30 Days to a Cancer Cure: How Artificial Intelligence Changed the Game
Artificial intelligence has developed a cure for an aggressive form of cancer in just 30 days and has shown that it can predict patient survival using doctors’ records.
The hacks were implemented through separate systems, but they show how the use of powerful technology goes beyond the creation of images and text.
University of Toronto researchers have been working with Insilico Medicine to develop a potential treatment for hepatocellular carcinoma (HCC) using an AI drug development platform called Pharma.
The AI has discovered a previously unknown healing pathway and has developed a “hit novel molecule” that can bind to that target. The system, which can also predict survival, was invented by scientists from the University of British Columbia.
Artificial intelligence has become a new weapon against deadly diseases, as the technology is able to analyze huge amounts of data, identify patterns and relationships, and predict the effects of treatments.
“While the world has been fascinated by generative AI developments in art and language, our generative AI algorithms have been able to develop powerful target inhibitors with an AlphaFold-derived structure,” said Alex Zavoronkov, founder and CEO of Insilico Medicine. in a statement.
The team used AlphaFold, an artificial intelligence (AI)-based protein structure database, to develop and synthesize a potential drug for the treatment of hepatocellular carcinoma (HCC), the most common type of primary liver cancer.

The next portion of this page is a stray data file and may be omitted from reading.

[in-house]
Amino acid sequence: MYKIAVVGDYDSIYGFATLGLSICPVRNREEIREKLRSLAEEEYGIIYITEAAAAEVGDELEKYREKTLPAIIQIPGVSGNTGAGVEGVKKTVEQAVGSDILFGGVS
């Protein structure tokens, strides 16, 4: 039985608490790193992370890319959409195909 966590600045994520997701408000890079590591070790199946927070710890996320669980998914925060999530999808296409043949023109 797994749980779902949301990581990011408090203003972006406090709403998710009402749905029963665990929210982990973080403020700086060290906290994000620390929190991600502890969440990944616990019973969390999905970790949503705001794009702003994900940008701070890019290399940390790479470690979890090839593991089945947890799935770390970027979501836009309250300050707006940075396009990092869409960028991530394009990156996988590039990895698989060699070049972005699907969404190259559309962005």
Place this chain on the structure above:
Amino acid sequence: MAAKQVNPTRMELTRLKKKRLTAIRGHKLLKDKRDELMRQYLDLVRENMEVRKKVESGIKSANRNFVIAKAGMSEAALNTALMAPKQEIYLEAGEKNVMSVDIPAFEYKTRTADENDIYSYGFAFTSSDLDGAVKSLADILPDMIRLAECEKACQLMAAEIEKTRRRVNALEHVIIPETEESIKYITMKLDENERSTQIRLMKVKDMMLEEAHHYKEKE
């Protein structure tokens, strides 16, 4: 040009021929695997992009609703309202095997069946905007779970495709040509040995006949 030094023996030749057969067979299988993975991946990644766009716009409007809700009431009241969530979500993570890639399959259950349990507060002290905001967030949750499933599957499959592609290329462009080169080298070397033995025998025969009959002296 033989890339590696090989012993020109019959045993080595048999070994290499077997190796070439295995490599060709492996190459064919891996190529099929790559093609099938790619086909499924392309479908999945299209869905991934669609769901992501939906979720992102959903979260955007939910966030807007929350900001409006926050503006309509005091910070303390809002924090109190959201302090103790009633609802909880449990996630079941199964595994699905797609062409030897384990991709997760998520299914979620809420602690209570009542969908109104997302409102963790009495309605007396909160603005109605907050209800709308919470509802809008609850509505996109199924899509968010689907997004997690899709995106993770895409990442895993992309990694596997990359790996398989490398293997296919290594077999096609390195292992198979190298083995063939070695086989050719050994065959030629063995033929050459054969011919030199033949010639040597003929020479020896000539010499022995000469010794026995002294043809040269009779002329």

This feat was accomplished in just 30 days of target selection and after only seven vehicles had been built.
And in the second round of AI-assisted compounding, researchers have found an even more powerful molecule, although any potential drug still needs to pass clinical trials.
“AlphaFold has opened up a new scientific framework for predicting the structure of all proteins in the human body,” said Feng Ren, Chief Scientist and Co-CEO of Insilico Medicine. “We at Insilico Medicine saw this as an incredible opportunity to take these structures and apply them to our comprehensive an artificial intelligence platform to create new treatments for diseases with high unmet need. This document is an important first step in this direction.”
The system used to predict life expectancy uses natural language processing (NLP) — a branch of artificial intelligence that understands complex human language — to analyze an oncologist’s records after an initial visit to a patient’s consultation.
The model identified the unique characteristics of each patient and predicted six-month, 36-month, and 60-month survival rates with over 80% accuracy.
The documents contain many details such as the patient’s age, type of cancer, underlying health conditions, past drug use, and family history.
And AI brings it all together to paint a complete picture of patient outcomes.
Traditionally, cancer survival rates have been calculated retrospectively and classified by only a few general factors such as cancer location and tissue type.
However, the model is able to capture unique clues in the patient’s initial consultation document to provide a more accurate estimate.
Source: Daily Mail
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